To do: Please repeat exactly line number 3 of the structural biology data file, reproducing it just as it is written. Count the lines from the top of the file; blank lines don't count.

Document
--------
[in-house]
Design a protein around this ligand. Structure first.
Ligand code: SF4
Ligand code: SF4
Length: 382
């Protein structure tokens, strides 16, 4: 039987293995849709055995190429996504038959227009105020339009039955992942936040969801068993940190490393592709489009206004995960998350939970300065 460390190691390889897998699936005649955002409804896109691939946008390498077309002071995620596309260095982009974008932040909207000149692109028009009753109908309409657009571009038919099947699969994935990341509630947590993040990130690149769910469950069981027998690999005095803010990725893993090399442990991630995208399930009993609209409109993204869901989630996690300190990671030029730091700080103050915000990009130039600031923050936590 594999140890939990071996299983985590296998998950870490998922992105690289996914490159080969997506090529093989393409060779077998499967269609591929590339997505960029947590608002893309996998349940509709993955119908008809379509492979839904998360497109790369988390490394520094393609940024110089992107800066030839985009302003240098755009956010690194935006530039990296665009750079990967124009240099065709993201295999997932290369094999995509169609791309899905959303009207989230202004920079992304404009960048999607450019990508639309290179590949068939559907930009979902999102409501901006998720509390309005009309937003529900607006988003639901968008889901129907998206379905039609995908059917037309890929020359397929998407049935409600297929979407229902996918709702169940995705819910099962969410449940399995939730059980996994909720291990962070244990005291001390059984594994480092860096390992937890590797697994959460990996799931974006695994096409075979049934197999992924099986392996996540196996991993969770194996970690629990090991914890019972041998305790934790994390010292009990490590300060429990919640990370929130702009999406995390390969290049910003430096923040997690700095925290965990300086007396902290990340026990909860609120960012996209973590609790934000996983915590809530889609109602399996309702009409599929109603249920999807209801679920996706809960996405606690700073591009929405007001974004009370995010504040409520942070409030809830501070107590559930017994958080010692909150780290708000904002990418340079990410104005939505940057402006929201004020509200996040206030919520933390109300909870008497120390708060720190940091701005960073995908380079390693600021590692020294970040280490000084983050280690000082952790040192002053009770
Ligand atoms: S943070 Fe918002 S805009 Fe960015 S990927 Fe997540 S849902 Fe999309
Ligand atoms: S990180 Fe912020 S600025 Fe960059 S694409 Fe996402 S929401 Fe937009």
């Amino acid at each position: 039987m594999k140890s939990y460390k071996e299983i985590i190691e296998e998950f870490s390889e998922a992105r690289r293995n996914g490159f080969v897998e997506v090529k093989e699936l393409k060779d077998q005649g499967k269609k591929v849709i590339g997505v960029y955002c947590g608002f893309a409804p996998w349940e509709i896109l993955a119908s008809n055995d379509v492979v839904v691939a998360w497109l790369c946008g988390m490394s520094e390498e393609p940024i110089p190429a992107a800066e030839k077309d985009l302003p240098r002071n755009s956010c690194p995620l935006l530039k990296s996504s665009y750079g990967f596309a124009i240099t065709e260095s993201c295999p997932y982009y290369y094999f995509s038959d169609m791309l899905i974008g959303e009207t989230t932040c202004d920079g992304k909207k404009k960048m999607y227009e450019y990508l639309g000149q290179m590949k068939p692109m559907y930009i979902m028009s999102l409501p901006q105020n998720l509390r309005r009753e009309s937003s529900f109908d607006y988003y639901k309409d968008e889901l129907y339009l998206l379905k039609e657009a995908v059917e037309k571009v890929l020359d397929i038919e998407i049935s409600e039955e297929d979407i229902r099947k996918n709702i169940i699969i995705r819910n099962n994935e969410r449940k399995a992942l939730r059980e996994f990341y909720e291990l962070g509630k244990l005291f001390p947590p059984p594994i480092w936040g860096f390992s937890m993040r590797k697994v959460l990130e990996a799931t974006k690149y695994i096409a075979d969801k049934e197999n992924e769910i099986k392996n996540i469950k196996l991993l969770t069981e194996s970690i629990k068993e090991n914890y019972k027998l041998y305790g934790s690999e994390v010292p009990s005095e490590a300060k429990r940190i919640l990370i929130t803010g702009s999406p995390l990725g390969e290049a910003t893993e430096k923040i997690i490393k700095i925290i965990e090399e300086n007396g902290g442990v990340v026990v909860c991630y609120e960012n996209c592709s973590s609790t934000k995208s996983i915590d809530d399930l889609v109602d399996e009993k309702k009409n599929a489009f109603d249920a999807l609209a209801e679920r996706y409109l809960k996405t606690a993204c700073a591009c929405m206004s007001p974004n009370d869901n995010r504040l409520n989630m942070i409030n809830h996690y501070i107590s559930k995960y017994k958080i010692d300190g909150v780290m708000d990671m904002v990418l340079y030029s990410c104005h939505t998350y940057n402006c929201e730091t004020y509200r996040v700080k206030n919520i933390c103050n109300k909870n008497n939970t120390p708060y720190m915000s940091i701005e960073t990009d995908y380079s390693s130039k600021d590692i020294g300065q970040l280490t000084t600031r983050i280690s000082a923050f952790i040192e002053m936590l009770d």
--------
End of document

Ligand code: SF4